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on the Verge, 1: Transformations
Cycling the Journey with Dawn Akemi Saito
By Peggy H. Cheng
Copyright 2003 Peggy H. Cheng
NEW YORK -- "Blood Cherries,"
written and performed by Dawn Akemi Saito at Dance Theater Workshop
as part of its Carnival series, is a solo performance that is fully
saturated, deeply moving, and peppered with degrees of humor and
kindness. The key collaborators in the piece feel truly key to the
process of this journey, matching Saito's dynamic shifts point for
point with widely imaginative and compelling lighting by Philip
W. Sandstrom, striking visuals by Eva Mantell, and a sound and music
score designed by David Van Tieghem that is often the wave that
the text rides. The work is directed by Jonathan Rosenberg and Sabrina
Peck, with choreography by Peck and Saito, and dramaturgy by Robert
Uno. Saito's one-person show is backed by a team of intelligent
artistic choosers and implementers, giving her already strong force
as a performer increased impact.
Saito undergoes a kind
of ancestral journey, an exploration of the spirits of her characters,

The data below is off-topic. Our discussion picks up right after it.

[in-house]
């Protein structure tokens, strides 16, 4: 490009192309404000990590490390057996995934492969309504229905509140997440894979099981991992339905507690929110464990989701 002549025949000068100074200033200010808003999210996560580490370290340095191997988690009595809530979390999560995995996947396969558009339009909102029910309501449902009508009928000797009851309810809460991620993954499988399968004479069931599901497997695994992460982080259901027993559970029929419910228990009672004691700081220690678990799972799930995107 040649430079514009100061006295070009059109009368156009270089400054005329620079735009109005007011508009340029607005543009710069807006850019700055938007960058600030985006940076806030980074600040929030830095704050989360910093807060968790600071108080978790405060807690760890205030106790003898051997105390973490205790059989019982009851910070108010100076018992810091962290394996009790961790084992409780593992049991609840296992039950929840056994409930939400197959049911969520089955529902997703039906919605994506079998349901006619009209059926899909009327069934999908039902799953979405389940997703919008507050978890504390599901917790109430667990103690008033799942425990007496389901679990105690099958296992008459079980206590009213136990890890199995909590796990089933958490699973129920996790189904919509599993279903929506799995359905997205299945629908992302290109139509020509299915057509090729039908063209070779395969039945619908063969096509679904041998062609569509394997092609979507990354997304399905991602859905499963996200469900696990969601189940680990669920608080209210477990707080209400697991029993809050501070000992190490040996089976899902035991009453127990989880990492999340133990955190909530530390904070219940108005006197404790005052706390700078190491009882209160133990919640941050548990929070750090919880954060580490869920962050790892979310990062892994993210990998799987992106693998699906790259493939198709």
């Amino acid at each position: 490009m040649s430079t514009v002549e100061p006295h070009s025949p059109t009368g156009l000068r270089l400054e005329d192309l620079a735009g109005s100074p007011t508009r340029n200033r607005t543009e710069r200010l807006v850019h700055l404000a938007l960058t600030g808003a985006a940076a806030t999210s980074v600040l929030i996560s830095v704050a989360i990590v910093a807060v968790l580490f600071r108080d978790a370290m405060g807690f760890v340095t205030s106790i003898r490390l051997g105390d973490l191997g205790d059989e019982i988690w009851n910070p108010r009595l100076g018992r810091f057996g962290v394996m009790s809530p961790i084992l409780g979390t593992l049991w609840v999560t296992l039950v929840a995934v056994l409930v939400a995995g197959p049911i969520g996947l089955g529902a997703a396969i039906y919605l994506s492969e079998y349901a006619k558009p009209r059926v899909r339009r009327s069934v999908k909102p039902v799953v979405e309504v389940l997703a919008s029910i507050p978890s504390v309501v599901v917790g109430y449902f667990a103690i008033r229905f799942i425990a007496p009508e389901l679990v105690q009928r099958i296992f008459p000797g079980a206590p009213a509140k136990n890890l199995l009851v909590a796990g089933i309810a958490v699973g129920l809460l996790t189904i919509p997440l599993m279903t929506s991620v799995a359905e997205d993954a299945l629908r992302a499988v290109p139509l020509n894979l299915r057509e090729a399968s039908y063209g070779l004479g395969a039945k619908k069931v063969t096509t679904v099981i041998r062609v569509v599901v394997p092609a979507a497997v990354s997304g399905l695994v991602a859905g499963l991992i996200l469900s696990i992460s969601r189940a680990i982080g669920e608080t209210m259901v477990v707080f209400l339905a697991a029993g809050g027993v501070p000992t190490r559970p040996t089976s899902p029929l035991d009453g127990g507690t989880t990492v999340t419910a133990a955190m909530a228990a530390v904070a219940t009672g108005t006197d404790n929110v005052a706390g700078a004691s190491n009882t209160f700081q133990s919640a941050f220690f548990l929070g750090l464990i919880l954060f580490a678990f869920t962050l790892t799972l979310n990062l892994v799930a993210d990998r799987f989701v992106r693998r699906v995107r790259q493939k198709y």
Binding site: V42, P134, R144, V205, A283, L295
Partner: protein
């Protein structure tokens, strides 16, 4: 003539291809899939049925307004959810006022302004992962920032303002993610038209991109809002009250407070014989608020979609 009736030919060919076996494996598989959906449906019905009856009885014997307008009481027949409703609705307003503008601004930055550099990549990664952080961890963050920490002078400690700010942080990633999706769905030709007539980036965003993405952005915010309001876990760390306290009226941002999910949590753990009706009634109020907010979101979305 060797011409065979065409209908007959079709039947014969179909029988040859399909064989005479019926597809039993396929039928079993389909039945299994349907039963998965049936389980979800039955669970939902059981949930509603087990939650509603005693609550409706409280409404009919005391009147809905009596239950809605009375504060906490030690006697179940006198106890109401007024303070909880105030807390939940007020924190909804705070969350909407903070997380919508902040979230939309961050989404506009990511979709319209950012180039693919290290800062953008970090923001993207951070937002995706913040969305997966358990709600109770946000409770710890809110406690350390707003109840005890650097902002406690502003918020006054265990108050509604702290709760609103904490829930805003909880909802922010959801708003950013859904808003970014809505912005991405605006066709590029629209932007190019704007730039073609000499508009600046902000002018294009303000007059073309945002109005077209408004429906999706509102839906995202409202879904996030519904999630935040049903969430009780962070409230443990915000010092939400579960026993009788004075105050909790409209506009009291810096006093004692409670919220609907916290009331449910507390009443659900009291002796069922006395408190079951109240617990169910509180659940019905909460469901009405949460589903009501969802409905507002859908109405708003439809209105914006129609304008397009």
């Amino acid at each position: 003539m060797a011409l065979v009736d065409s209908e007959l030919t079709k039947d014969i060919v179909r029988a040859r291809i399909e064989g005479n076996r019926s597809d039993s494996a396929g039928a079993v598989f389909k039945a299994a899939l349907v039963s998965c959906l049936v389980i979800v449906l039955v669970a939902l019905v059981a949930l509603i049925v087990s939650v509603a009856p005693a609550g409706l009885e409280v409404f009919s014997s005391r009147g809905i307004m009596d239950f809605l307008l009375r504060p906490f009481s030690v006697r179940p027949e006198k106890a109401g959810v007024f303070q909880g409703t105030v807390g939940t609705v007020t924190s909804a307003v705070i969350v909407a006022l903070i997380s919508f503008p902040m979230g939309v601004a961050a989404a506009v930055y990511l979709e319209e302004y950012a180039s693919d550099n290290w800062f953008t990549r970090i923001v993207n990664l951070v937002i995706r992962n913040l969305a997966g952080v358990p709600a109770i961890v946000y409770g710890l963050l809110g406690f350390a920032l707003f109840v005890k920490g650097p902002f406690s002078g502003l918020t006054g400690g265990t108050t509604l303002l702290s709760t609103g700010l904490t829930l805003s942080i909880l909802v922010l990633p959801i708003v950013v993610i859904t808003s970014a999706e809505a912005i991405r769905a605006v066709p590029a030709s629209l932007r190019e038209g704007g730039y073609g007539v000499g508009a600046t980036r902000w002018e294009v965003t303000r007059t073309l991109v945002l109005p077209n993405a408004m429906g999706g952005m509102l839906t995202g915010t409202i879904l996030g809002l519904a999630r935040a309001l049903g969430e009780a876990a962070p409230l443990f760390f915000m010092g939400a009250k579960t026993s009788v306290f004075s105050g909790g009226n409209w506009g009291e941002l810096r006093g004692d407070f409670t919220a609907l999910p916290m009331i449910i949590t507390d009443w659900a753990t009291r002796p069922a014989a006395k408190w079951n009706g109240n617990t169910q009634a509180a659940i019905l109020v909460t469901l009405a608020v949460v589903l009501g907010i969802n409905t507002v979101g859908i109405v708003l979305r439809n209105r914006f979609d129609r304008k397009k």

spending time as a rearing and restless horse, the mother, the living
and dying father, the French husband that is also a Jesuit priest
in training, and the young woman who is the daughter and wife. The
text is often tongue-twisting, but somehow the words fell into my
ears through their flow and rhythm, allowing the puzzle pieces of
the story to knit together as the scenes came and went. The father,
mother, and husband are played with a sincerity and kindness that
allows their faults to be the reasons we care about them even after
they anger us.
The physical transformations
that Saito is capable of undergoing are an easy hook for my interest.
As the characters reveal more and more, the transformations increase
in intensity; like memories or dreams, the faces melt into each
other, and Saito's body begins to look as if it will explode. The
body becomes a casing, bursting with the life/spirit/story within.
As I watched I felt at times emotionally moved, at other times fascinated
by the visual spectacle I saw before me. The exploration of the
distorted and contorted can be seen throughout and is underlined
by the various elements in the piece. There is even a metamorphosis
within the father character from one version to another version:
the Buddhist priest strong-jawed father becomes a cool cat of a
jazz musician, still dispensing his wisdom but with a much looser
At the end, Saito stands
before a clean slate: a kind of supernatural and expansive light,
as when the sunlight is strangely white, and people are willingly
or not taken into this light. It is at once a beginning and an end,
and like an earlier vignette in which an image of a circle, perhaps
a moon or sun, is slowly filled, the light recedes and fills at
the same time, remaining complete, continuing to fulfill its cyclical
Dawn Akemi Saito performs
again Saturday at 7 p.m. and Sunday at 2 p.m.. For more information,
please visit the Dance Theater Workshop web
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